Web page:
Will Richard Herring do anything in the name of comedy? The stout Fringe veteran, whose cult status was elevated by television stardom in the 1990s as one half of Lee and Herring, once tried to steal Germaine Greer's bra. Now he's grown a Hitler moustache.
This hair-raising task was undertaken to reclaim the iconography of the facial accessory, taking it away from Hitler and giving it back to Charlie Chaplin, two contemporaries whose careers, "it's fair to say, dropped off after the Second World War."
Risking being taken for a Nazi nutjob for a portion of this year leads Herring to pontificate about race and specifically the assertion that "maybe racists have a point", a statement that kicked off some brouhaha with The Guardian before the Fringe began. The point of the racists being that they see the world as a handful of different skin types rather than nearly 200 separate nations. "If only the people of India and Pakistan could see themselves the way a racist sees them – 'What are we doing? Why are we fighting? I'm a Paki, you're a Paki.'" Having housed offensive language in a broader point, the intent is clear and, in a way, it's almost an attempt to nullify its insult.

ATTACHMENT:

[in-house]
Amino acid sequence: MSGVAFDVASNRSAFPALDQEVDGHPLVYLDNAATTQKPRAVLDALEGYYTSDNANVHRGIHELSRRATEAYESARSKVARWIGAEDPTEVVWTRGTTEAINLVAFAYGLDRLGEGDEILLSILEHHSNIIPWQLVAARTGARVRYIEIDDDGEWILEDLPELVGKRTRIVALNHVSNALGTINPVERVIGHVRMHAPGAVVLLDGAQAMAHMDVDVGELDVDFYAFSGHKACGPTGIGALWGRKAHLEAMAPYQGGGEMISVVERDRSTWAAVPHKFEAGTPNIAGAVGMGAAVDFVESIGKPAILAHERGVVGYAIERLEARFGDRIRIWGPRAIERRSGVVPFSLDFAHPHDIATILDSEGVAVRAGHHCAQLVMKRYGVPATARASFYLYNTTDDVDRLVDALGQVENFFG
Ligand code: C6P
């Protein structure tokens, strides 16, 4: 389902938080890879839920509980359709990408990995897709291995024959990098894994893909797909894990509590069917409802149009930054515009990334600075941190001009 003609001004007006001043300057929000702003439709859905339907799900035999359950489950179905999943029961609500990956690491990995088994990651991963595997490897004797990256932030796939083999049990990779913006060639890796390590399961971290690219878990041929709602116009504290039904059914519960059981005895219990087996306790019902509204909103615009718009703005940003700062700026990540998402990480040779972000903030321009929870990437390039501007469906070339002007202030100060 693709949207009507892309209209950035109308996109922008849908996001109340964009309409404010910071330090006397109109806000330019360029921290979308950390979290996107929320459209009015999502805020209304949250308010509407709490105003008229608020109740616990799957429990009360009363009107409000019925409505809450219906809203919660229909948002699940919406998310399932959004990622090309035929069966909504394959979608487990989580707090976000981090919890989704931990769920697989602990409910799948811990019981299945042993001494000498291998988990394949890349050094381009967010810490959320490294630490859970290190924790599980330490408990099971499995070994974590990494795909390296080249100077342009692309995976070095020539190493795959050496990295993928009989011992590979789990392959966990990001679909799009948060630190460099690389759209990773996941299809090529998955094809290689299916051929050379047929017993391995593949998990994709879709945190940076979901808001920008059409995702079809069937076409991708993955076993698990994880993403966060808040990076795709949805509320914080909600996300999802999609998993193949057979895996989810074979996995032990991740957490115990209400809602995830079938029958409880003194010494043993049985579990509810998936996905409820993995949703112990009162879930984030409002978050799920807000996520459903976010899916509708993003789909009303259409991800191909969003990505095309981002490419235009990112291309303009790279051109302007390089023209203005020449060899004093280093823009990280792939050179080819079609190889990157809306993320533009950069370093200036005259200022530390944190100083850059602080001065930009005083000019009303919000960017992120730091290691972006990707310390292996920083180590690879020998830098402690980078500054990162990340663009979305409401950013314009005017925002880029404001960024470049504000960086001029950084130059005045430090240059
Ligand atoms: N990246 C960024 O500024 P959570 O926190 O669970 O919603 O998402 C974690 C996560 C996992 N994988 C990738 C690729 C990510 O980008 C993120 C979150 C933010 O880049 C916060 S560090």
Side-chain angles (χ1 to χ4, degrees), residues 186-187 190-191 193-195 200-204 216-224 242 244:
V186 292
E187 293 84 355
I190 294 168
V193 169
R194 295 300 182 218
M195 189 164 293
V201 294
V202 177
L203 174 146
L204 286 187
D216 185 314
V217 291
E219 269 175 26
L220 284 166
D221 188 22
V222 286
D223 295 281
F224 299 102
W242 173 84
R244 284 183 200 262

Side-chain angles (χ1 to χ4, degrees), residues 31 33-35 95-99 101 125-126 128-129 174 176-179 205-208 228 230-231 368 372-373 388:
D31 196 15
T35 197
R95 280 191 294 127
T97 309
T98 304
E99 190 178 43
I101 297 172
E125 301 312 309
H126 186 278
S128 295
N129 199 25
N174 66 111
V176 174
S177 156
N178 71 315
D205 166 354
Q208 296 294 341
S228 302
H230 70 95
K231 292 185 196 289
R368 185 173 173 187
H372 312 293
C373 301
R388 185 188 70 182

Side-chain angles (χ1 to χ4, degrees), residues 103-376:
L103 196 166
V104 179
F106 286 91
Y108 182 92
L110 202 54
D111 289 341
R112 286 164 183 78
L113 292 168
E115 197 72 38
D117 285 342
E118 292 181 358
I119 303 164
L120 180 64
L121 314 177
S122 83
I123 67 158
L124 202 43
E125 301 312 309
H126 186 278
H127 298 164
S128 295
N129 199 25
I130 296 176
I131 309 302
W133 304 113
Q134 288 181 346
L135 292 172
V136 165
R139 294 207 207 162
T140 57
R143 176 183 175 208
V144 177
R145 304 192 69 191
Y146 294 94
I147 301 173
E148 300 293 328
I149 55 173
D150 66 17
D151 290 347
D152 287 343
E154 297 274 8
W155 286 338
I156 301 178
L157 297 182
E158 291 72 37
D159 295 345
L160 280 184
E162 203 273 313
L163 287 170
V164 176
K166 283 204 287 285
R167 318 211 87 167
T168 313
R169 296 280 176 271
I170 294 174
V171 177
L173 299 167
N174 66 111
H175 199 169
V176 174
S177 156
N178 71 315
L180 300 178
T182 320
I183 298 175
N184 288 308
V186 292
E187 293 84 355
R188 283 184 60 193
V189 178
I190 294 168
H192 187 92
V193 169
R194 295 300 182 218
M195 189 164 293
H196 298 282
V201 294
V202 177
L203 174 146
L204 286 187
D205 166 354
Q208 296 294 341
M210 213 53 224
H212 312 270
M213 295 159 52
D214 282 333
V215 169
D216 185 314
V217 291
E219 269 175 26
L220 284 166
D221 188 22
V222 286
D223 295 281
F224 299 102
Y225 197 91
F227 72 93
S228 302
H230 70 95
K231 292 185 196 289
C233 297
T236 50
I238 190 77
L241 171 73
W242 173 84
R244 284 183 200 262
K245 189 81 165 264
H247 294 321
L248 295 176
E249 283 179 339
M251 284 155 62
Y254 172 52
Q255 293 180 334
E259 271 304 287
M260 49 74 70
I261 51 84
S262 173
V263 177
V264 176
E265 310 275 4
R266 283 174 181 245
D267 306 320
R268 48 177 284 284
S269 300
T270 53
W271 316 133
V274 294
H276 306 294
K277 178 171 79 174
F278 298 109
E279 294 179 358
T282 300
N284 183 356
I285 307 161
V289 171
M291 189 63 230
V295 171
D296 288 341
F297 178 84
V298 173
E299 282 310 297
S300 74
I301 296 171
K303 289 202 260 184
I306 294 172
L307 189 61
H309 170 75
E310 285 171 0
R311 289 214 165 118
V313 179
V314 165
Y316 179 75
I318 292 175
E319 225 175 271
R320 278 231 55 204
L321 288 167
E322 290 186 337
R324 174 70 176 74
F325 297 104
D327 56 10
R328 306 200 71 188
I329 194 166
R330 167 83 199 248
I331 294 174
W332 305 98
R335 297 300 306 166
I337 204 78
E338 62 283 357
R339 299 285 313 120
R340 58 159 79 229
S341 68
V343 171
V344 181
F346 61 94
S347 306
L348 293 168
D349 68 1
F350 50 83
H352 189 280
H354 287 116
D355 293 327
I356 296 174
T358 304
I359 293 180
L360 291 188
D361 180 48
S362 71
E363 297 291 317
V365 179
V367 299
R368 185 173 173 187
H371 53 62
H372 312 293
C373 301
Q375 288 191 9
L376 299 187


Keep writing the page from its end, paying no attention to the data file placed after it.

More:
So clear, in fact, is Herring's polemic, that two-thirds of the way through, he lets forth a joke-free castigation of anyone in his audience who didn't vote in the last set of European elections, thereby letting the BNP in through the back door. Having listened to political parties, who have all said at one point or another to "trust the people", it's extremely refreshing to hear someone throwing mud back at them. Comedy can be a forum for the lowest common denominator, but it also offers a home to something approaching truth. Kudos to Herring for using it for the latter.
All told, Hitler Moustache is an ebullient show that earns Herring the right to his own five-minute political broadcast. The least effective section is the closing one where Herring describes being mugged for his iPhone and the ensuing chase of the suspect that casts mild aspersions on the ethnic blindness of the police and little light on Hitler's supposed motivations for the Holocaust. By this point, however, Herring has done enough, peeking out of the shadow of his former comedy partner, Stewart Lee, to notch up another hit for his solid back catalogue.
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